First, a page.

CD , equal v determines the rate of velocity change over time t

by module: v = v1 – v. The second component vn of the vector v represents the change in velocity during t by direction. The tangential component of the acceleration

v v dv  lim  dt t 0 t t 0 t

a  lim

i.e. is the first time derivative of the velocity, thereby determining the speed of the rate of velocity change by module. Let’s find a second component of acceleration. Assume that the point B is close enough to the point A, so we can assume s the arc of a circle of radius r, which is little different from the chord AB. Then, from the similarity of triangles AOB and EAD should be vn AB  v1 r , but as AB=vt, the

At limit t  0 we obtain v1  v. 14

Because the v1 = v, an angle EAD tends to zero, due to the triangle EAD is isoscele, the ADE angle between v and vn tends to direct angle. Therefore, at t  0 the vectors vn and v are mutually perpendicular. The second component of the acceleration equal to

is called the normal component of acceleration and is perpendicular by the normal to trajectory to the center of curvature (it is also called the centripetal acceleration). The full acceleration of the body is the geometric sum of the tangential and normal components (Figure 5.):

Figure 5. Components of acceleration

Thus, the tangential component of the acceleration characterizes the rate of velocity change by modulus (tangential to the path), and the normal component of acceleration – the rate of velocity change by direction (toward the center of curvature of the path). Depending on the tangential and normal components of the acceleration the motion can be classified as follows: 1) а = 0, an = 0 – uniform motion; 2) a = a = const, an = 0 – nonuniform motion. 15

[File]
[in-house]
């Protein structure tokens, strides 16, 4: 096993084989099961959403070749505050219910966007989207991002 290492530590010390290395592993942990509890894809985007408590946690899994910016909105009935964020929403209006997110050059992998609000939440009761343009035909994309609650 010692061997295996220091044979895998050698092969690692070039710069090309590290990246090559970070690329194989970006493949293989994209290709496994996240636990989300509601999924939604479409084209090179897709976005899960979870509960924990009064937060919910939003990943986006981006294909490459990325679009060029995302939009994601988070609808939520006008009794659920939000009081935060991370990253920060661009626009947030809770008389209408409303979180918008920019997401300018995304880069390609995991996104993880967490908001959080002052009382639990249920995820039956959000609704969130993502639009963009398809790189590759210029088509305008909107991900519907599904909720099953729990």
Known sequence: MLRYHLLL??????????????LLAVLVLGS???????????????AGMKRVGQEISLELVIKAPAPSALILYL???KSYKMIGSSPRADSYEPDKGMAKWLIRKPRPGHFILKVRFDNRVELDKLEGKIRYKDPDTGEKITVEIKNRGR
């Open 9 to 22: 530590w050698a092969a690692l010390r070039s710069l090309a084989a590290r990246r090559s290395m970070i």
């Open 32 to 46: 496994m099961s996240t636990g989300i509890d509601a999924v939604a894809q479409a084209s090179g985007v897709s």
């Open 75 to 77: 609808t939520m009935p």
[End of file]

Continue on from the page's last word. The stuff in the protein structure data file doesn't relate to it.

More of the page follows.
At such motion a  a 

v v 2  v1  . t t 2  t1

If at initial moment of the time t1 = 0 and initial velosity v1=v0, then, take t2=t and v2 = v, we obtasin a=(v—v0)/t, then

v  v0  at . Integrating this equation in the range from zero to an arbitrary time t, we find that the length of the path traveled by a point, in the case of nonuniform motion t

t

0

0

s   vdt   v0  at dt v0 t 

at 2 . 2

3) a = f(t), an = 0 – linear motion with variable acceleration; 4) a = 0, an = const. At a = 0 the velocity by module does not change, but changes in direction. From formula an =v2/r. It follows that the radius of curvature should be a constant. Consequently, the rotational motion is uniform; 5) a = 0, an  0 – uniform curvilinear motion; 6) a = const, an  0 – curved uniformly accelerated motion; 7) a = f(t), an  0 – curvilinear motion with a variable acceleration.